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Coronavirus
dfp-ron-smith-lone-cow.jpg Ron Smith
Bearing in mind the COVID-19 pandemic, the cattle market is experiencing great volatility, but economists expect a recovery in time.

Cattle markets in light of COVID-19

According to Extension specialists, the cattle market has experienced extreme volatility in 2020, compounded by the COVID-19 pandemic.

The cattle market has experienced extreme volatility in 2020, compounded by the COVID-19 pandemic.

During a recent webinar, Derrell Peel, Extension livestock marketing specialist in the department of agricultural economics at Oklahoma State University, and Josh Maples, Extension livestock specialist in agricultural economics at Mississippi State University, discussed cattle markets.

Cattle futures markets

"This is truly an unprecedented event we're going through right now," Maples said. "Looking at cattle futures markets, we peaked in mid-January for most of the feeder cattle and live cattle futures contracts, and then it fell off in mid-February. March had a lot of volatility with futures markets.

"Looking at the June live cattle contract, we hit $80 per hundred last week. That same contract was trading as high as $119 in January. Looking at the May feeder cattle market, we touched $150 in January, and it got down to $107 last week. Consequently, we've had some limit down days and a couple of limit up days recently, so we've had some wild volatility for sure."

In the third week of March, box feed cutout value jumped up sharply.

"Everybody knows beef has been flying off the shelves at grocery stores," Maples said. "Cash market prices the last couple of weeks have been pretty tough, too, but we've seen some pick up the end of March."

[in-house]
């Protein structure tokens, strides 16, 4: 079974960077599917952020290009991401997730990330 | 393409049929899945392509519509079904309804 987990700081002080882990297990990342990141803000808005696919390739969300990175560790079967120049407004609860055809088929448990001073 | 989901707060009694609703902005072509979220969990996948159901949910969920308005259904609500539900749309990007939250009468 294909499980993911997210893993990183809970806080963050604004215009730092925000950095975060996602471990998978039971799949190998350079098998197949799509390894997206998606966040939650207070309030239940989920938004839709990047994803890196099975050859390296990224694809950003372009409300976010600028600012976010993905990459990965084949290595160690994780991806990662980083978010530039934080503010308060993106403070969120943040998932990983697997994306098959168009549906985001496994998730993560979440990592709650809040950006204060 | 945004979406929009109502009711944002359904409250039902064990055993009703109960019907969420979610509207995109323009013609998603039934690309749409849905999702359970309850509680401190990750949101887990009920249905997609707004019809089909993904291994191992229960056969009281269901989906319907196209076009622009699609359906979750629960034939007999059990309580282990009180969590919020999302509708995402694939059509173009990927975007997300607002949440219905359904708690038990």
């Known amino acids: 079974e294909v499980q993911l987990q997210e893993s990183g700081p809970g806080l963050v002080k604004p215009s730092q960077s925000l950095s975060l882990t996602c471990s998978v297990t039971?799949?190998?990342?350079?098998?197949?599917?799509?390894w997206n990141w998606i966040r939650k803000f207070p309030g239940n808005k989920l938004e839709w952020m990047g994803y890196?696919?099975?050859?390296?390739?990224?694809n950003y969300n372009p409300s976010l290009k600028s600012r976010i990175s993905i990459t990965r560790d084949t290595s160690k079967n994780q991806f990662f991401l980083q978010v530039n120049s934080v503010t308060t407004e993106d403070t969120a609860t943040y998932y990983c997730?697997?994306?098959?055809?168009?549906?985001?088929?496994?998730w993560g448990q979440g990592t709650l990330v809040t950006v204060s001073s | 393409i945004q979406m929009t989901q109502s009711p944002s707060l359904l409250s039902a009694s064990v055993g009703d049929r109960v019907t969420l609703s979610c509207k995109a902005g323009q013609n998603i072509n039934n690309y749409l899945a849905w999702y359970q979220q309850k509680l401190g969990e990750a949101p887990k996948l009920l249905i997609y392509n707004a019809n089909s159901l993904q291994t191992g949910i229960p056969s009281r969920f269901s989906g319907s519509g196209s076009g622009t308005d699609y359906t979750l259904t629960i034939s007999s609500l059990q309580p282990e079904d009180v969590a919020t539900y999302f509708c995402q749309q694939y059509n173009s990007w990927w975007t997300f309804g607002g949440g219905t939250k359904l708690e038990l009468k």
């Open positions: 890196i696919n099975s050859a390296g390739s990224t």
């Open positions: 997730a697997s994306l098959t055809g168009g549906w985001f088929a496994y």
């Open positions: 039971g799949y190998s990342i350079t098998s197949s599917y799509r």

Market demands

Peel said some parallels in the market compare to the recession that took place about a decade ago.

"I think some of those parallels will be more in terms of recovery," he said. "That was a macroeconomic recession, while this is a macroeconomic event that's being pushed on by this external factor of COVID-19. There are some similarities, but there's a uniqueness to the current situation and how it is going to impact us going forward."

The implications of the virus touch all commodities.

"This is a truly incredible event because it doesn't just affect one thing but has ramifications for every commodity," Maples said.

In a recent job report, unemployment has risen.

"A lot of restaurants are closing or only allowing takeout, which affects consumer demand," he said. "2020 was going to be a pretty big beef supply year, possibly a record year. However, it's the consumer demand piece that ensures what the beef supply chain looks like over the next few months."

"If you think about the way beef gets marketed in this country," Peel said, "we have two major supply chains. Think of it as two exits off an interstate, one of them is the foodservice restaurant side or the hotel/restaurant institutional trade and the other is the retail grocery trade. We have about a 50/50 split between those two channels."

When businesses are closed and transportation is restricted, a great percentage of the foodservice traffic is moving onto the retail/grocery store side, causing an imbalance.

"People naturally react to uncertainty by buying more than they normally would to stock up and be prepared," Peel said. "This immediate doubling of ground beef demand at the grocery store level causes logistical issues because the grocery stores can’t meet the demand."

Box beef prices

Maples and Peel observed an immense spike in box beef prices.

"Because of the immediate increase in demand for beef at the grocery store, there is competition for a very limited supply of uncommitted meat in the market in the short run, so we've seen these dramatic increases in box beef prices," Peel said.

Markets tend to allocate limited resources to wherever they have the most value, which causes competition amongst retailers for the limited supply until the market evens out again.

Future implications

The timeline on when the market will become balanced is still unknown at this point.

"Since this is a global issue, there's a chance we could fall into a global recession," Peel said. "I think we will have a fairly robust recovery at some point, but we don't know the timeline of how long this is going to last. The economy is big, but the thing we're hitting the most is consumer spending. I think that's going to play a lot into what happens over the next few months. The hardest part of this is putting a timeline to it."

Markets are still trying to figure out what is the worst-case scenario.

"I think it's pretty clear we're going to see pretty limited opportunities for the market to change a great deal other than to have a lot of volatility right now," Peel said.

TAGS: Cow-Calf
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